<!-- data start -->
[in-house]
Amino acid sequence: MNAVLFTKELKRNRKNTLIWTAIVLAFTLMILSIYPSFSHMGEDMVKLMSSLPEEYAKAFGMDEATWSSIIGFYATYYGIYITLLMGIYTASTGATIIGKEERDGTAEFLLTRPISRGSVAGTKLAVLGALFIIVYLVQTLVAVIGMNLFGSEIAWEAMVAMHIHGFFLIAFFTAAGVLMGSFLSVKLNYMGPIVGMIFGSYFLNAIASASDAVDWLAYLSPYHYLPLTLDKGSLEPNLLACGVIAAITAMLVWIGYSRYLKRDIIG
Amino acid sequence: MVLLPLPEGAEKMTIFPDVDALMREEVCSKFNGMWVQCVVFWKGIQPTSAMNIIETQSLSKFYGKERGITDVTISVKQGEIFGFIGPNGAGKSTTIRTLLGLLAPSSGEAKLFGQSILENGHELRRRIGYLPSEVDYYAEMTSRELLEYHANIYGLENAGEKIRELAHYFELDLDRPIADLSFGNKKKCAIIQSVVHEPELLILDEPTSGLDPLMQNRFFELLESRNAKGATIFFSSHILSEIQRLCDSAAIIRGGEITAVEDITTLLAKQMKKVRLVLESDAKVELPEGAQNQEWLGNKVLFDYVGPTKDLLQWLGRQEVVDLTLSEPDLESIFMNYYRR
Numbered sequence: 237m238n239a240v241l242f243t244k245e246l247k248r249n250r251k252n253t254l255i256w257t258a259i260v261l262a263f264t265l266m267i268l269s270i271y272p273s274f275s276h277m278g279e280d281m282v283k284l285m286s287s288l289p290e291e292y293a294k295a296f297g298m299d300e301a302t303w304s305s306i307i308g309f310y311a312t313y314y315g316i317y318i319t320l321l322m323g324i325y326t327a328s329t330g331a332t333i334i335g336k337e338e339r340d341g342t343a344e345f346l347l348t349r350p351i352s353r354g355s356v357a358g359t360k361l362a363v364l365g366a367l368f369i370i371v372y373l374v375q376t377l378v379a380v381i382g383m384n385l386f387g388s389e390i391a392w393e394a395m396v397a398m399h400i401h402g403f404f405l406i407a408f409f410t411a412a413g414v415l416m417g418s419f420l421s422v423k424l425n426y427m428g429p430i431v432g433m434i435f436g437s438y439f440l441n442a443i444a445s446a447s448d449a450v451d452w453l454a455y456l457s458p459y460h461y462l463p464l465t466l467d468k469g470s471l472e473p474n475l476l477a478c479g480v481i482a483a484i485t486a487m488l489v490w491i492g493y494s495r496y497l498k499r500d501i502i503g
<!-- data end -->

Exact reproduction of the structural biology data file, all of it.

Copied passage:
[in-house]
Amino acid sequence: MNAVLFTKELKRNRKNTLIWTAIVLAFTLMILSIYPSFSHMGEDMVKLMSSLPEEYAKAFGMDEATWSSIIGFYATYYGIYITLLMGIYTASTGATIIGKEERDGTAEFLLTRPISRGSVAGTKLAVLGALFIIVYLVQTLVAVIGMNLFGSEIAWEAMVAMHIHGFFLIAFFTAAGVLMGSFLSVKLNYMGPIVGMIFGSYFLNAIASASDAVDWLAYLSPYHYLPLTLDKGSLEPNLLACGVIAAITAMLVWIGYSRYLKRDIIG
Amino acid sequence: MVLLPLPEGAEKMTIFPDVDALMREEVCSKFNGMWVQCVVFWKGIQPTSAMNIIETQSLSKFYGKERGITDVTISVKQGEIFGFIGPNGAGKSTTIRTLLGLLAPSSGEAKLFGQSILENGHELRRRIGYLPSEVDYYAEMTSRELLEYHANIYGLENAGEKIRELAHYFELDLDRPIADLSFGNKKKCAIIQSVVHEPELLILDEPTSGLDPLMQNRFFELLESRNAKGATIFFSSHILSEIQRLCDSAAIIRGGEITAVEDITTLLAKQMKKVRLVLESDAKVELPEGAQNQEWLGNKVLFDYVGPTKDLLQWLGRQEVVDLTLSEPDLESIFMNYYRR
Numbered sequence: 237m238n239a240v241l242f243t244k245e246l247k248r249n250r251k252n253t254l255i256w257t258a259i260v261l262a263f264t265l266m267i268l269s270i271y272p273s274f275s276h277m278g279e280d281m282v283k284l285m286s287s288l289p290e291e292y293a294k295a296f297g298m299d300e301a302t303w304s305s306i307i308g309f310y311a312t313y314y315g316i317y318i319t320l321l322m323g324i325y326t327a328s329t330g331a332t333i334i335g336k337e338e339r340d341g342t343a344e345f346l347l348t349r350p351i352s353r354g355s356v357a358g359t360k361l362a363v364l365g366a367l368f369i370i371v372y373l374v375q376t377l378v379a380v381i382g383m384n385l386f387g388s389e390i391a392w393e394a395m396v397a398m399h400i401h402g403f404f405l406i407a408f409f410t411a412a413g414v415l416m417g418s419f420l421s422v423k424l425n426y427m428g429p430i431v432g433m434i435f436g437s438y439f440l441n442a443i444a445s446a447s448d449a450v451d452w453l454a455y456l457s458p459y460h461y462l463p464l465t466l467d468k469g470s471l472e473p474n475l476l477a478c479g480v481i482a483a484i485t486a487m488l489v490w491i492g493y494s495r496y497l498k499r500d501i502i503g